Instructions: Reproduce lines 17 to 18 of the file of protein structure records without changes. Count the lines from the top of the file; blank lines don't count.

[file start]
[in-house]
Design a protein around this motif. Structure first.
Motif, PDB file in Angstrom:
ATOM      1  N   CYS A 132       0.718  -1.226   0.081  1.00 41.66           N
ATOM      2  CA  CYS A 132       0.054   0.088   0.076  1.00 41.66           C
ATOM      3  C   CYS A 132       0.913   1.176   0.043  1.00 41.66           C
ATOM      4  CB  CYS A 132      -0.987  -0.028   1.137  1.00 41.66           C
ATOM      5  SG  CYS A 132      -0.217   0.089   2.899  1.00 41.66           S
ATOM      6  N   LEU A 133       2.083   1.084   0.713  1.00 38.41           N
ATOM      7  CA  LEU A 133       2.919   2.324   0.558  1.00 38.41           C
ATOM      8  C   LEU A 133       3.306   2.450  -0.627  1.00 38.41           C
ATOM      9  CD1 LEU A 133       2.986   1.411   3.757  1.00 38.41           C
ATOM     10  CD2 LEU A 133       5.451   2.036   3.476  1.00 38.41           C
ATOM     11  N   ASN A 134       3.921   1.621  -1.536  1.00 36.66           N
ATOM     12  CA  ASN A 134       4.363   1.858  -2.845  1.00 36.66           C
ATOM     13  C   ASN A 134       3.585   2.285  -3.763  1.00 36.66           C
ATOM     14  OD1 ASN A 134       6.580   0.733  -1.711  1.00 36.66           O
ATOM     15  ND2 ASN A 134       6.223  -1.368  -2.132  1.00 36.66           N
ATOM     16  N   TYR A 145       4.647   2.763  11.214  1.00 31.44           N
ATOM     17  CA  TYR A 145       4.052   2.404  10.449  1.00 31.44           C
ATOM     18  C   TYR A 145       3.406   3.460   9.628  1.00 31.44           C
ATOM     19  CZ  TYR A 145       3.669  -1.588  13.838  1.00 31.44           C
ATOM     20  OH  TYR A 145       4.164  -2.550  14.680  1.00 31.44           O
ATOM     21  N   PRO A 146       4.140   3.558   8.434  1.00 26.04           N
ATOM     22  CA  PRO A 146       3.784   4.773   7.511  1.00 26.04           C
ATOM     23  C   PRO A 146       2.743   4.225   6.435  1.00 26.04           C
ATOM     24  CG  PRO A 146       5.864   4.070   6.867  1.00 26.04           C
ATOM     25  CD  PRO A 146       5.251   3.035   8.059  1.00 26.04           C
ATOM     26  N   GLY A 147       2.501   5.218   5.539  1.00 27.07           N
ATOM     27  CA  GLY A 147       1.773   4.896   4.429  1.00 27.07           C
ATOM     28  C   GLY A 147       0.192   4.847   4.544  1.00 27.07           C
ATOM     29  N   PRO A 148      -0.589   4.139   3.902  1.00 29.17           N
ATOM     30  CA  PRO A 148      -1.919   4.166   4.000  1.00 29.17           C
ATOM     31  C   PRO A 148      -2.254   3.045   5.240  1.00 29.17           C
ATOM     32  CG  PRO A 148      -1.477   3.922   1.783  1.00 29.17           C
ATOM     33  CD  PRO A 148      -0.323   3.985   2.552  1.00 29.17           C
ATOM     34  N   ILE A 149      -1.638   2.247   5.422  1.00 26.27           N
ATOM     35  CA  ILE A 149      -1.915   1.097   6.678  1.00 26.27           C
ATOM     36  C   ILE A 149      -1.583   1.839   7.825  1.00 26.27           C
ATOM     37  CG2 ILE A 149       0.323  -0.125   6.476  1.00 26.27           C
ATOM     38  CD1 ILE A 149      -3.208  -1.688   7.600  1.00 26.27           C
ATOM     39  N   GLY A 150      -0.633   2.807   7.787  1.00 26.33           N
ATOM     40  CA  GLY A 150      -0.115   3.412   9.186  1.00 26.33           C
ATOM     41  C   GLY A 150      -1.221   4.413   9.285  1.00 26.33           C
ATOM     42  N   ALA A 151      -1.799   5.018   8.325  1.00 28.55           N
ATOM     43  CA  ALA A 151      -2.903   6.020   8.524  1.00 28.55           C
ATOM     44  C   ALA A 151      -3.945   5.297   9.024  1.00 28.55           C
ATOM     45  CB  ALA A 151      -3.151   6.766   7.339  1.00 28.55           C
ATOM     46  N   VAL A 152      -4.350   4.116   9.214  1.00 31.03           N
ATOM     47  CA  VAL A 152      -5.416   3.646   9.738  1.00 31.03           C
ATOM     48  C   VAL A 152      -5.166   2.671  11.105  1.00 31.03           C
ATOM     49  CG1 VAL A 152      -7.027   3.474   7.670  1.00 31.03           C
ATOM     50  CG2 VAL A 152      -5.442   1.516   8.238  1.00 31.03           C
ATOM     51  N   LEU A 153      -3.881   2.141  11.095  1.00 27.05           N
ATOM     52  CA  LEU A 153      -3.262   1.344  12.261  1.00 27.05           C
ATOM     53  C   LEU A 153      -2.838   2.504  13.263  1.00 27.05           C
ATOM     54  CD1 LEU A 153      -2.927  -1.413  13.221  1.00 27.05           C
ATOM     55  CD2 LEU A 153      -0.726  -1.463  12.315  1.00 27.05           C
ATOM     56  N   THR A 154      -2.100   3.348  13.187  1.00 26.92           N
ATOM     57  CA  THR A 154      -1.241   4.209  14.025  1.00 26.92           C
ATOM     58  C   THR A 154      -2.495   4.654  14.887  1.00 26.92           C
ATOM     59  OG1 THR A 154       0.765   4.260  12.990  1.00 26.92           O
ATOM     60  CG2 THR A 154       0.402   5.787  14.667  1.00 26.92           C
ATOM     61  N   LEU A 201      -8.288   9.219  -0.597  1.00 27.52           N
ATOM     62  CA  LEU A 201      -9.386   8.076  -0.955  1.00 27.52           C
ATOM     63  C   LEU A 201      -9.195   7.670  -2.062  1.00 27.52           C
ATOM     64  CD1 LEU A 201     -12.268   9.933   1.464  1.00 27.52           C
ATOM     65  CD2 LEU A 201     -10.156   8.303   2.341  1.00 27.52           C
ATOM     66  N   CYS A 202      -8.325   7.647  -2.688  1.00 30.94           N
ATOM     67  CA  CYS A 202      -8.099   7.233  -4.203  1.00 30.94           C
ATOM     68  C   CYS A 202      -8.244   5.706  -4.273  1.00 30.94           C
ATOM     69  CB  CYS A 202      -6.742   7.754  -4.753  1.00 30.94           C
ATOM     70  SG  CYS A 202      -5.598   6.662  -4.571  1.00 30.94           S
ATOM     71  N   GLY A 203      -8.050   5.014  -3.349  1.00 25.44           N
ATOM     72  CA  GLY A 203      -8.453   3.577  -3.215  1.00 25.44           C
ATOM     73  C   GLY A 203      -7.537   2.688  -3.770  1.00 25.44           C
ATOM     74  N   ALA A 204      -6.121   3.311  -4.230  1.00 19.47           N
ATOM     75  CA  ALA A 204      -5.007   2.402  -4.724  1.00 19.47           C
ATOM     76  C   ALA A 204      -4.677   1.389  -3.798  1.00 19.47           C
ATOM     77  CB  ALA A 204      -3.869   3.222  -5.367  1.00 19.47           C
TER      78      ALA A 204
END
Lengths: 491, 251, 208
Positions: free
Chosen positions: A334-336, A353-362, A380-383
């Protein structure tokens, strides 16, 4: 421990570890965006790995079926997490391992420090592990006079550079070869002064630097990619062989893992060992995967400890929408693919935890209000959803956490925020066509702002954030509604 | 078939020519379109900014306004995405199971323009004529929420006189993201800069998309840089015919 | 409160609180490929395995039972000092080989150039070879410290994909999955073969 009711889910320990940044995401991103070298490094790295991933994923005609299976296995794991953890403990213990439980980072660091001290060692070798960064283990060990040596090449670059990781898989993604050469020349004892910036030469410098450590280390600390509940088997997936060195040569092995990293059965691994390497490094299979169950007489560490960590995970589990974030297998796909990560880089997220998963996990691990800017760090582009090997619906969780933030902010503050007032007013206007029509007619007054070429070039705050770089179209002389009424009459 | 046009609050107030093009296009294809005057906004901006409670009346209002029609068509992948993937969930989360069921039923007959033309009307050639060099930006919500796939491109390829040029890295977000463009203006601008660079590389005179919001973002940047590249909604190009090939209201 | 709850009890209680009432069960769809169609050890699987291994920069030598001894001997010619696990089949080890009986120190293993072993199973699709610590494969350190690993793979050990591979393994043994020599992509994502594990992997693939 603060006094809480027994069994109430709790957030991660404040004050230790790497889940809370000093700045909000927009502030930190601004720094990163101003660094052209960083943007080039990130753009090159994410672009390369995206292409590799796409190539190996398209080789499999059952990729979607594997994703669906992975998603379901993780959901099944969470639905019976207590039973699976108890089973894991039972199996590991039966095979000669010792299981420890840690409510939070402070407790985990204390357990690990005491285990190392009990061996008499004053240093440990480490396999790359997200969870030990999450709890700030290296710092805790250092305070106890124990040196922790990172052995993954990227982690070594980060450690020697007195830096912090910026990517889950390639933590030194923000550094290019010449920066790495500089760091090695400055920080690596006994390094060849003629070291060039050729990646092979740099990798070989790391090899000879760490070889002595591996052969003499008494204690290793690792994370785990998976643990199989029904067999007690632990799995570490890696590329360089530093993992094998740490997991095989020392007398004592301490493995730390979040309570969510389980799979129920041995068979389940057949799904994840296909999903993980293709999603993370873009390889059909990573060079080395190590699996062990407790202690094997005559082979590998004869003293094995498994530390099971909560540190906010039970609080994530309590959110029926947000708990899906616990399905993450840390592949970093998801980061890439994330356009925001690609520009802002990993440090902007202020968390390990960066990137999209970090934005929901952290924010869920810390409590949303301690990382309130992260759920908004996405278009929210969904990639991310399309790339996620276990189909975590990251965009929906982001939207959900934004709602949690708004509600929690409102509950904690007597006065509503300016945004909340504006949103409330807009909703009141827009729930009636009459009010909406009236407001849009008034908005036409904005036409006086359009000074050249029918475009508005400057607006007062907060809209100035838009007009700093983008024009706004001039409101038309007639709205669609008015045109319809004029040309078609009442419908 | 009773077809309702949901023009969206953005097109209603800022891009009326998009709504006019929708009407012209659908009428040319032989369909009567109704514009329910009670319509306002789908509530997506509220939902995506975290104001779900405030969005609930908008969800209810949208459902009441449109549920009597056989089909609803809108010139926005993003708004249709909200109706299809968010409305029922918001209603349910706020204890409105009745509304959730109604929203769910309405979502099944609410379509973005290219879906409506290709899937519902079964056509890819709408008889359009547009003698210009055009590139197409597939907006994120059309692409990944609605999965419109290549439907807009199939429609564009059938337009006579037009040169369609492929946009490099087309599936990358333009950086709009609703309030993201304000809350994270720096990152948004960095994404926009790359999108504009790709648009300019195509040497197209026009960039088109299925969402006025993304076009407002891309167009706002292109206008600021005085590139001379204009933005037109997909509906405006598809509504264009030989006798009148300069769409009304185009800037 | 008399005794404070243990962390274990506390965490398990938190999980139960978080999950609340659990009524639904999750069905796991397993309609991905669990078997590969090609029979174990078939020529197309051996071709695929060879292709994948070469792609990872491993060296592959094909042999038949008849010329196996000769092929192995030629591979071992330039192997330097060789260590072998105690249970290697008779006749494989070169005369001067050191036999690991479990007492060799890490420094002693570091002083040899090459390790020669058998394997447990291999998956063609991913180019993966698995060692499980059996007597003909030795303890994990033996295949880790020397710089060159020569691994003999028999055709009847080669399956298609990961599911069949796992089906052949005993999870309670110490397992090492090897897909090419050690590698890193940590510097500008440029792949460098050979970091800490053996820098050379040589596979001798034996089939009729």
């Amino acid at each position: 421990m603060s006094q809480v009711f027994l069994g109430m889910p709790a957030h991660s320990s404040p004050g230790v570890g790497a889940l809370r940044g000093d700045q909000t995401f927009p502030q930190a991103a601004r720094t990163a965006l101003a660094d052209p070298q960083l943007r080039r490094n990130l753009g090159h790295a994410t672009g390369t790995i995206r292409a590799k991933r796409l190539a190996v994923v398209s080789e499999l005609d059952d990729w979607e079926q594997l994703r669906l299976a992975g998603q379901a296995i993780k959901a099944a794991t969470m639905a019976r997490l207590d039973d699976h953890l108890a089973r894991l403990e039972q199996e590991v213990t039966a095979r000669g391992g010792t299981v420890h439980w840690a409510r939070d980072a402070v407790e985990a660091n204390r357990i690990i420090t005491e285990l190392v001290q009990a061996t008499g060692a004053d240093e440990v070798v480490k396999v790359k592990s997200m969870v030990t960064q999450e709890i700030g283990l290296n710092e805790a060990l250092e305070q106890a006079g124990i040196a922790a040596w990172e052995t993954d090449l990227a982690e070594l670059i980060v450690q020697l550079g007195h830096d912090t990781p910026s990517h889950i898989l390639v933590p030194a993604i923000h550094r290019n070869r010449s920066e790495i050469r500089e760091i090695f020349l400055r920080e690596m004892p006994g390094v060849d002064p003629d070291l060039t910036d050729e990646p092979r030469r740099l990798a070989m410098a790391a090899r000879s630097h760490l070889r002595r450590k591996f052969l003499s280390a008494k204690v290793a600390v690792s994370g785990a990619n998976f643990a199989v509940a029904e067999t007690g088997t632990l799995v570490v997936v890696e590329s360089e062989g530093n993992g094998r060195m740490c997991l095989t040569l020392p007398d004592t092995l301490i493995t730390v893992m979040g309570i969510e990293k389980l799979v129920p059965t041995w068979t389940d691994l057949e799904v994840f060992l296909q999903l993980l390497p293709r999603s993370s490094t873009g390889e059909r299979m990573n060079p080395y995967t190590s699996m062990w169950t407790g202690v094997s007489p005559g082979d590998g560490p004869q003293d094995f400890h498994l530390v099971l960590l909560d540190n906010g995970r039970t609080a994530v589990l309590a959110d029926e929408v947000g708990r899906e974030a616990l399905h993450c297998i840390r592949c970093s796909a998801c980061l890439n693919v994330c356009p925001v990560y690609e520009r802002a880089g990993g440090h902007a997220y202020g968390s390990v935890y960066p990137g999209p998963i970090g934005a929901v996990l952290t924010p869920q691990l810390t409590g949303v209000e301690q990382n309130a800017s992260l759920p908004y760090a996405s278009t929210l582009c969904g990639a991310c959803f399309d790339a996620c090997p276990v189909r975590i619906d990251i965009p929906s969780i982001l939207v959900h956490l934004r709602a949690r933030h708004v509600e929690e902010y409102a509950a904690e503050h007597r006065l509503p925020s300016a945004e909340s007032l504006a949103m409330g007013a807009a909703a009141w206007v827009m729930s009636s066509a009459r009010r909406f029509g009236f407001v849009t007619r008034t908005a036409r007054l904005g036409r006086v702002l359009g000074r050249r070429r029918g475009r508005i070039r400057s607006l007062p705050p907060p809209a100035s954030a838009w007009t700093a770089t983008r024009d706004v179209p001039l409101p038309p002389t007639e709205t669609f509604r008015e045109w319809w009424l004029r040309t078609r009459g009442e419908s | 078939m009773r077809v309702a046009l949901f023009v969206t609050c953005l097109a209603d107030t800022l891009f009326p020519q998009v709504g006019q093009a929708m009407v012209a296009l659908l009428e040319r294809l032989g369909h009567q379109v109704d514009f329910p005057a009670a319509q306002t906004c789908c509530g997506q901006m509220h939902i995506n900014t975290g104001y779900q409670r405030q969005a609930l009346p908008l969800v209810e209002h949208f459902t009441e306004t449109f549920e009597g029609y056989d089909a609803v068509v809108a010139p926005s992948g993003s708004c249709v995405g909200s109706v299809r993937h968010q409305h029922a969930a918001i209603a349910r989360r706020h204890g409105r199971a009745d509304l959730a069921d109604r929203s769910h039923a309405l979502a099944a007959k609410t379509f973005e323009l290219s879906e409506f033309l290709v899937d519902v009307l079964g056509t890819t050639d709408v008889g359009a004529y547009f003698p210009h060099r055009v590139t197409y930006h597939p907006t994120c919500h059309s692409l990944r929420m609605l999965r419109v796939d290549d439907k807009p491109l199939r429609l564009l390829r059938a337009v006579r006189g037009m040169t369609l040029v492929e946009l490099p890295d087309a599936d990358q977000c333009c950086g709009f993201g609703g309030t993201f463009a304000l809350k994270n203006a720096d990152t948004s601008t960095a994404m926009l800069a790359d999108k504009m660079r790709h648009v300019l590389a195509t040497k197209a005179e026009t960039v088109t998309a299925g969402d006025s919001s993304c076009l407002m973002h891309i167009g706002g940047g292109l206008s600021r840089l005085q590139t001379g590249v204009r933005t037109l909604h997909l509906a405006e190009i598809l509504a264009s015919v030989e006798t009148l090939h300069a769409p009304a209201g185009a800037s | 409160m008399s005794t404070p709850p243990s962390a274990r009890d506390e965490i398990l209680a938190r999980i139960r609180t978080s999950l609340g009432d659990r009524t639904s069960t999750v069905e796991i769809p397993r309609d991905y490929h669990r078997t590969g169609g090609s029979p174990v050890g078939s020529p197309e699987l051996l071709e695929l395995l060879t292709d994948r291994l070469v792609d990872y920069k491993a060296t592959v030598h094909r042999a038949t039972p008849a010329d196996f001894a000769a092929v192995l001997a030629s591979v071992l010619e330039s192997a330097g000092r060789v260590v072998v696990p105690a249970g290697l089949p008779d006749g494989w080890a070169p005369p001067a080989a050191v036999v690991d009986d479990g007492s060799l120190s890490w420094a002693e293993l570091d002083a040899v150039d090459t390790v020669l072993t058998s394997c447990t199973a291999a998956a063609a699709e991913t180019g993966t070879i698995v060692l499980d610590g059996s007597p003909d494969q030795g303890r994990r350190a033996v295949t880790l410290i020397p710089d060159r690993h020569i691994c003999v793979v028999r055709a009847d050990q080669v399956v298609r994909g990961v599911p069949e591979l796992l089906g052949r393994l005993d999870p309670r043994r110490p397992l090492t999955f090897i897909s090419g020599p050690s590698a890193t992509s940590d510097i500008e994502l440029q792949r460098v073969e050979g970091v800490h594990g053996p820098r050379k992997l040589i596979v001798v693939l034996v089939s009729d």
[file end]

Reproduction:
ATOM     14  OD1 ASN A 134       6.580   0.733  -1.711  1.00 36.66           O
ATOM     15  ND2 ASN A 134       6.223  -1.368  -2.132  1.00 36.66           N